On Separation

There are circumstances for some couples where a physical separation feels appropriate but there is no desire to follow a legally recognised route to formally end the relationship. So, for instance, you may find yourself in one of the following situations:

  • You are married, and have now separated.  The separation may be a trial period pending counselling and a possible reconciliation, or it may already be very clear to you and your partner that the relationship is at an end.  However, rather than commence divorce proceedings now which would require one of you to allege fault against the other, you have agreed to wait and then commence a divorce petition on the basis that you have been separated for two years and you both consent to the divorce.If this situation is one you recognise then you should give some thought to agreeing the terms of the separation, such as who will be paying existing mortgages or rent, how maintenance for the children will be dealt with and what is to happen should one of you lose employment or fall ill during the years of separation.  This can be addressed in a deed of separation.  This is a form of contract and brings clarity to how you will manage finances whilst you are both waiting to divorce.  A deed of separation does in some circumstances have its drawbacks but we can explore that with you.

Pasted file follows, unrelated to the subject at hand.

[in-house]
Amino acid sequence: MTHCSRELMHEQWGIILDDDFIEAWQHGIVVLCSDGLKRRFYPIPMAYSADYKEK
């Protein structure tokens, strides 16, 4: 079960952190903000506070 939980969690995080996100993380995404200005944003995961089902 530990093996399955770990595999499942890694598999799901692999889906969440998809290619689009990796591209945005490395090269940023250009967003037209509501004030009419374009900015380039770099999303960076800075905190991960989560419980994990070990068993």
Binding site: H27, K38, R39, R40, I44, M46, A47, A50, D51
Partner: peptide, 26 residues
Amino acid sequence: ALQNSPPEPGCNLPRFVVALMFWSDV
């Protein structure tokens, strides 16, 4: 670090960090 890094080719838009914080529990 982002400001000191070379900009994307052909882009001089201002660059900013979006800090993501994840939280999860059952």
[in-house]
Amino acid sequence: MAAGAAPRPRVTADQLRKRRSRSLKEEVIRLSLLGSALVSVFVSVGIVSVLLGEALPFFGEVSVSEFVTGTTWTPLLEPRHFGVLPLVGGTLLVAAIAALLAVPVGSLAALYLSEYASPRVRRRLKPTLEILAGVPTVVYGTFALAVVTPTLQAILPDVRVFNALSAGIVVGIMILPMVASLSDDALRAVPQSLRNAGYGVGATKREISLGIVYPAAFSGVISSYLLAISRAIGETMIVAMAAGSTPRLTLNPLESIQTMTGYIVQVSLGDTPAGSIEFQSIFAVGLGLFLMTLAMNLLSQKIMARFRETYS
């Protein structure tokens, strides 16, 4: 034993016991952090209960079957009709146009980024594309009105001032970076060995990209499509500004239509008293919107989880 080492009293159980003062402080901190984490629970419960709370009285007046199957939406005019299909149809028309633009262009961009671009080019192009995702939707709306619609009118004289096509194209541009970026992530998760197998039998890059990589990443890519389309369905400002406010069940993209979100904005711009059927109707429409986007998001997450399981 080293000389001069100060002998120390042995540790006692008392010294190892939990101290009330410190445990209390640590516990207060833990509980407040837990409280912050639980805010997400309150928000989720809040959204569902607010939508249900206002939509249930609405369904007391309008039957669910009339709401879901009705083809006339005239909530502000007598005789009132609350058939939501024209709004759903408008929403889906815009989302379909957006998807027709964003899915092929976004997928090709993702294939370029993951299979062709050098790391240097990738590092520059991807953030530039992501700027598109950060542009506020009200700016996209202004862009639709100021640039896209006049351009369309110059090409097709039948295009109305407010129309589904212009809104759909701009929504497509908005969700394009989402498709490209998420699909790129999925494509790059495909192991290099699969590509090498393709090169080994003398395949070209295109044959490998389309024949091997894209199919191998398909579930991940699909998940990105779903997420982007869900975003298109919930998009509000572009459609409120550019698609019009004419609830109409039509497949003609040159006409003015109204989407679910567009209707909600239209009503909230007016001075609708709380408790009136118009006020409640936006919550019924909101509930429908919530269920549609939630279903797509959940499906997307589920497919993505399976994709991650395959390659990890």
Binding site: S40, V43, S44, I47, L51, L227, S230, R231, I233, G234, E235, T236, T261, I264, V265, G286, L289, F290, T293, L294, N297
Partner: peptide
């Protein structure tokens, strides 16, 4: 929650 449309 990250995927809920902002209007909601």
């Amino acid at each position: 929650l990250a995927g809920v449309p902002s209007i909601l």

• You are in a civil partnership and wish to separate.  As in the divorce example above you do not wish to consider a formal dissolution of the civil partnership yet.  A deed of separation is also an option open to you.
  • You cohabit with your partner.  You may have been cohabiting for a significant period of years and perhaps own property or even several properties together.  You have decided to separate but need help to work out what to do with the properties.  One of you may be financially dependent upon the other for income.  You may also have dependant children.  Because there is no overarching statute dealing with the financial claims that may or should exist between cohabiting couples who then separate, the law is unfortunately a bit of a mess.  One way of making sense of your respective responsibilities after the breakup of the relationship is to have a Deed of Separation.  The deed can deal with a whole range of financial options for you and be complemented by declarations of trust to deal with any property interests.

Regardless of your circumstances, we would encourage mediation and  collaborative law as positive processes for discussing and agreeing a deed of separation.

If you would like an appointment with one of our specialists then please contact Miriam our Practice Manager on 01273 646900